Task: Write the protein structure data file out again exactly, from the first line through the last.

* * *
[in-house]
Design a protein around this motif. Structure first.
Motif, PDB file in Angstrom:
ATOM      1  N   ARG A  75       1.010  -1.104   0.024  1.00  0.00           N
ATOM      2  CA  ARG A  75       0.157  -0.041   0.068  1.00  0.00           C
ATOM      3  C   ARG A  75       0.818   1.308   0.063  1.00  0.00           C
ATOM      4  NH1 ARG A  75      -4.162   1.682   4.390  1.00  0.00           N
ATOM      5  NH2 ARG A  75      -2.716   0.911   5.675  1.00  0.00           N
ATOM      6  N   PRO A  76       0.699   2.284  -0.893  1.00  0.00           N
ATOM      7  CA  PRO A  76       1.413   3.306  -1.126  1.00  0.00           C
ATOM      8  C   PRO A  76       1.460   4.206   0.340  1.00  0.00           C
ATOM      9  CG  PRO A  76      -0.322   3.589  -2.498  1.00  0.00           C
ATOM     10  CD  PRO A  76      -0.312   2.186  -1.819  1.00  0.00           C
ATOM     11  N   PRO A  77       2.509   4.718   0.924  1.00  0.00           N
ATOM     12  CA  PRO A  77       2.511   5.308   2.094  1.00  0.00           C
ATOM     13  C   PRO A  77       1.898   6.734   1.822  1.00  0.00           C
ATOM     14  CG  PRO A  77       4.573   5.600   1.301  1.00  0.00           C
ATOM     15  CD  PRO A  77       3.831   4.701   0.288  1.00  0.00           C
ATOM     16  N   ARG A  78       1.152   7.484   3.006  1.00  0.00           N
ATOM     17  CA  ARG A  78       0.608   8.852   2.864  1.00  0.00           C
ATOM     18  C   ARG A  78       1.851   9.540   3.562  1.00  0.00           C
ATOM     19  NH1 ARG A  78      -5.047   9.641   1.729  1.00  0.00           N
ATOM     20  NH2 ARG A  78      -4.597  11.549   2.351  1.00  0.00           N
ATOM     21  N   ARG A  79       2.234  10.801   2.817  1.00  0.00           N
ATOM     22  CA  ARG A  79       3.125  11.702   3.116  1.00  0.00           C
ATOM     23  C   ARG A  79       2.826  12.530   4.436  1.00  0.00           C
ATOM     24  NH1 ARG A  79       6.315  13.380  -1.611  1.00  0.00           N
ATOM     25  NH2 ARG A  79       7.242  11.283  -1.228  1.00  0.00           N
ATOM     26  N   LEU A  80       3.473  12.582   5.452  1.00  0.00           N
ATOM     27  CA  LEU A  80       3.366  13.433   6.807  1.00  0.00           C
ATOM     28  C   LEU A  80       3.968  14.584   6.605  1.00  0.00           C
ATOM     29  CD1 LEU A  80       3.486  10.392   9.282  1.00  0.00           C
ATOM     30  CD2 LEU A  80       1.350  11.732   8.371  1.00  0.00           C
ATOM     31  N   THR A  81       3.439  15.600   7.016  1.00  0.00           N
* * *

[in-house]
Design a protein around this motif. Structure first.
Motif, PDB file in Angstrom:
ATOM      1  N   ARG A  75       1.010  -1.104   0.024  1.00  0.00           N
ATOM      2  CA  ARG A  75       0.157  -0.041   0.068  1.00  0.00           C
ATOM      3  C   ARG A  75       0.818   1.308   0.063  1.00  0.00           C
ATOM      4  NH1 ARG A  75      -4.162   1.682   4.390  1.00  0.00           N
ATOM      5  NH2 ARG A  75      -2.716   0.911   5.675  1.00  0.00           N
ATOM      6  N   PRO A  76       0.699   2.284  -0.893  1.00  0.00           N
ATOM      7  CA  PRO A  76       1.413   3.306  -1.126  1.00  0.00           C
ATOM      8  C   PRO A  76       1.460   4.206   0.340  1.00  0.00           C
ATOM      9  CG  PRO A  76      -0.322   3.589  -2.498  1.00  0.00           C
ATOM     10  CD  PRO A  76      -0.312   2.186  -1.819  1.00  0.00           C
ATOM     11  N   PRO A  77       2.509   4.718   0.924  1.00  0.00           N
ATOM     12  CA  PRO A  77       2.511   5.308   2.094  1.00  0.00           C
ATOM     13  C   PRO A  77       1.898   6.734   1.822  1.00  0.00           C
ATOM     14  CG  PRO A  77       4.573   5.600   1.301  1.00  0.00           C
ATOM     15  CD  PRO A  77       3.831   4.701   0.288  1.00  0.00           C
ATOM     16  N   ARG A  78       1.152   7.484   3.006  1.00  0.00           N
ATOM     17  CA  ARG A  78       0.608   8.852   2.864  1.00  0.00           C
ATOM     18  C   ARG A  78       1.851   9.540   3.562  1.00  0.00           C
ATOM     19  NH1 ARG A  78      -5.047   9.641   1.729  1.00  0.00           N
ATOM     20  NH2 ARG A  78      -4.597  11.549   2.351  1.00  0.00           N
ATOM     21  N   ARG A  79       2.234  10.801   2.817  1.00  0.00           N
ATOM     22  CA  ARG A  79       3.125  11.702   3.116  1.00  0.00           C
ATOM     23  C   ARG A  79       2.826  12.530   4.436  1.00  0.00           C
ATOM     24  NH1 ARG A  79       6.315  13.380  -1.611  1.00  0.00           N
ATOM     25  NH2 ARG A  79       7.242  11.283  -1.228  1.00  0.00           N
ATOM     26  N   LEU A  80       3.473  12.582   5.452  1.00  0.00           N
ATOM     27  CA  LEU A  80       3.366  13.433   6.807  1.00  0.00           C
ATOM     28  C   LEU A  80       3.968  14.584   6.605  1.00  0.00           C
ATOM     29  CD1 LEU A  80       3.486  10.392   9.282  1.00  0.00           C
ATOM     30  CD2 LEU A  80       1.350  11.732   8.371  1.00  0.00           C
ATOM     31  N   THR A  81       3.439  15.600   7.016  1.00  0.00           N